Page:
Let me just start this off by saying that I am not a physical therapist, so if you have access to healthcare and need a diagnosis for your back pain, GO DO IT! Seriously. Get off your keister and do something about it instead of suffering. However, if you’re like me, health insurance and doctors can mostly be out of reach except for emergencies, so I’ve taken a lot of time to research and talk to knowledgeable people about reducing back pain and prevent injuries therein. I occasionally have pretty severe back pain and I’ve discovered through help that there’s nothing actually wrong with my spine. All of my pain is due to soft tissue tightness or imbalance. Also my sacroiliac joint slips out of place sometimes on my right side. Ouch. It’s a side effect from pregnancy and birth. Thanks kiddo!
Through several debilitating flare ups with my back over the years I’ve learned what helps me prevent and/or heal flare ups with my SI joint. A lot of clients I’ve had over the years experience back pain, and almost all of them benefited from this approach and reduced their back pain. The ones that kept up with the maintenance of these prevented a good deal of pain in their futures as well. Honestly, injury prevention should be on your mind consistently throughout your workouts. There is no exercise that is worth getting injured over. Injuries require time off and time and energy to heal. Time and energy that you could otherwise be using to progress rather than repair damage.
Deep Tissue Massage
Mobility work is first and foremost. Keeping muscles that push on your hips nice and flexible and working out adhesions is crucial. Adhesions can form in the connective tissue that surrounds muscle fibers and can cause muscle tissue to become bunched up together and tense. Foam rolling, a lacrosse ball, stick, or any other myofascial release technique you prefer is will work. The areas I recommend targeting for lower back pain are glutes, pirformis, IT band, and quads. A good rule of thumb is that if it hurts, that means you have a knot right there and you should sit on that spot for about 30 seconds before moving on. I foam roll before every CrossFit or leg day training session. Most days it can be painful, but if I don’t address the knots, the tension in those muscles can cause compensations elsewhere, which can lead to injury.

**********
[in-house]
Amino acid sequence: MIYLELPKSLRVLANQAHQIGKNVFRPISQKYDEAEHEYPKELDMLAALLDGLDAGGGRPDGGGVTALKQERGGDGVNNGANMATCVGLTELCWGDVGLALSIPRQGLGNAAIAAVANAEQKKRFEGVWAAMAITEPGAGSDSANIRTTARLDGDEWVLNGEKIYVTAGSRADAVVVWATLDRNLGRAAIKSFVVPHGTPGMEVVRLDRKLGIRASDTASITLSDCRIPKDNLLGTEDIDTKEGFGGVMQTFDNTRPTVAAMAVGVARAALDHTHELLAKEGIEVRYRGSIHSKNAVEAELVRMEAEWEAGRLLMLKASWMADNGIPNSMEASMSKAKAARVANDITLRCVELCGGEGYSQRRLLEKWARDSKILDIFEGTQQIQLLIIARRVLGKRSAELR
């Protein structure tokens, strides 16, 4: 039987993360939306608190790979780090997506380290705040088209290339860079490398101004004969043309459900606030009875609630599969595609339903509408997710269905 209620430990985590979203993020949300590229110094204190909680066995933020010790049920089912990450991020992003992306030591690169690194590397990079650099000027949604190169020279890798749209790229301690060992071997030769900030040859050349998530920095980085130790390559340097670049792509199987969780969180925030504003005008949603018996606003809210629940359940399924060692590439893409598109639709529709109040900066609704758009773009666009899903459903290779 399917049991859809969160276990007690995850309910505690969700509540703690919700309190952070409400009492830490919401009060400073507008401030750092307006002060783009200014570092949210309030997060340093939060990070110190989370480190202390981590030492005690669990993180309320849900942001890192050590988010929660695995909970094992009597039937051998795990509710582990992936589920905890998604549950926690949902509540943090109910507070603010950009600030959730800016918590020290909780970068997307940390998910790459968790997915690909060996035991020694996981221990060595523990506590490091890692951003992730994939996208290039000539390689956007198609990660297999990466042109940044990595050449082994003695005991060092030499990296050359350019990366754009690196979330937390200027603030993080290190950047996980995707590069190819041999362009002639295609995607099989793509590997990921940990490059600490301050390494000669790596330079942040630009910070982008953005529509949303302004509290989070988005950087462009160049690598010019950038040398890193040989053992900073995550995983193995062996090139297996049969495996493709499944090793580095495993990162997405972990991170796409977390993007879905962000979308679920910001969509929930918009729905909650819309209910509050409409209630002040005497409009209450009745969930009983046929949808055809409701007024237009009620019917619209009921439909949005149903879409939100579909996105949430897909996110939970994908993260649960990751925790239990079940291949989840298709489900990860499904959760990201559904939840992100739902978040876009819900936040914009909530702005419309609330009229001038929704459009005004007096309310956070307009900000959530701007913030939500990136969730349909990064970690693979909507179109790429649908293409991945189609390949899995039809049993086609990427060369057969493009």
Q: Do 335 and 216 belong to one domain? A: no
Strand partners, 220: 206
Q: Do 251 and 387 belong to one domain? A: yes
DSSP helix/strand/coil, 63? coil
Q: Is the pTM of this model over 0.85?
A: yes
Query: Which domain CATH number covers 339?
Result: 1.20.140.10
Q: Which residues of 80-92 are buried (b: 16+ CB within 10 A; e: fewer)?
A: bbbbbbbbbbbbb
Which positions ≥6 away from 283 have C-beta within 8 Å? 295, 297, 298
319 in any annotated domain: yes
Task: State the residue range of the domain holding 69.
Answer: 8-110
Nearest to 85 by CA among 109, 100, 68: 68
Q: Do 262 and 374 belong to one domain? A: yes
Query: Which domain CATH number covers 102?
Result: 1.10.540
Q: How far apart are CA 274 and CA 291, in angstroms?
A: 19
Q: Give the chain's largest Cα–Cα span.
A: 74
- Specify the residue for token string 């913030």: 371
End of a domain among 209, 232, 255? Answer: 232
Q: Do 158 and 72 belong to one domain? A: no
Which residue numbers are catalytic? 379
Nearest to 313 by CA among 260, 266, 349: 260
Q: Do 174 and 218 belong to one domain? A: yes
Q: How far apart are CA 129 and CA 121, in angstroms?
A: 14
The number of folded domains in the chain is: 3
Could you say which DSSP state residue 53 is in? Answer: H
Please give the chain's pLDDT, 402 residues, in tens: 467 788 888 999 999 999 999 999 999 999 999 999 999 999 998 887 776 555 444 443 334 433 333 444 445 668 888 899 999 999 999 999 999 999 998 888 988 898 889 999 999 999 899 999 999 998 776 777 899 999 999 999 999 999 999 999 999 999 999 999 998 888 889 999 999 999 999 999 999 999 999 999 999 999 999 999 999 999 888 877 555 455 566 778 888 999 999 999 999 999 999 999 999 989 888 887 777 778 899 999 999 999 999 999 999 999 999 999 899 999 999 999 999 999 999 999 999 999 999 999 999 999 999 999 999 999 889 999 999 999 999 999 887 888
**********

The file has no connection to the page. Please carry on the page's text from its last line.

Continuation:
I also stretch on workout days. For lower back pain and tightness, the muscles in your hips are actually the ones that usually need to be addressed. Stretches need to be held fro 30-60 seconds. I know that gets boring. (really boring) But there’s a reason why stretches need to be held that long. There are protective mechanisms in your muscle fibers (called Golgi tendon bodies) that keep your muscle from stretching too far too quickly. It takes about 30 seconds to override this mechanism. So even though you feel the stretch right away, it takes at least 30 seconds for the stretch to take effect on the muscle fibers when that Golgi tendon body releases. Stretching hamstrings, pirformis, adductors, hip flexors, and quads all help immensely in reducing lower back tension. My favorite stretch is the couch stretch, because it hits several muscles at once. Ideally we would all take the first 30 minutes of our day stretching and performing some core and hip activating movements, but in reality, there are some days when I’ll get to squeeze in 10 minutes right before I work out or maybe 10 minutes on a weekend. When it comes to back tension, the more often, the better, even it’s only a few minutes.
After mobility is established, it’s important to get your core and hips stable and strong. Core work is obviously crucial for anyone trying to feel better physically. A strong core helps with posture by stabilizing the spine through every movement. I include extensive core work within all of my personal and clientele programming, whether they like it or not. Most people think about crunches and sit-ups when they think of core. However, your core is comprised of many overlapping muscles that go in different directions. Crunches and sit-ups are good at targeting the rectus abdominus (the six-pack muscle), but in terms of functionality, the other core muscles do a lot more for stabilizing your spine through your workouts and daily life. Exercises such as planks, side planks, rotations, and anti-rotation movements, can be very helpful to include in your workouts or warm-ups.
Hip activation before lower body work is very important. Glutes are considered to be part of your core, so buns of steel should be your goal! Glutes and core activation along with other hip stabilizer exercises helps me before an intense workout or running. Glute bridges and hip extensions are my go-to ways to engage and activate glutes before work. Banded squats helps engage other muscles in my hips that keep good knee tracking for me. My knees tend to cave in heavy squats, so it’s something I have to keep in my routine to help fix it.
Correct movement patterns are imperative when it comes to preventing injury for your lower back. whether you’re working out or just going through life, correct movement patterns for squatting, deadlifting, and rotating can greatly reduce the chances of harming your back. Everyone has room for improvement–there are things in every lift that I do that could be improved upon, and that’s part of the journey. Knowing the basics of needing to shift your weight into your heels and keeping your chest up in order to squat or deadlift safely can make the difference between lifting something without pain, or putting your back at risk for injury over time. Living with back pain or tightness is not fun, and it can take a little extra time to take care of in order to live life fully and while minimizing pain, but life is worth it, right?
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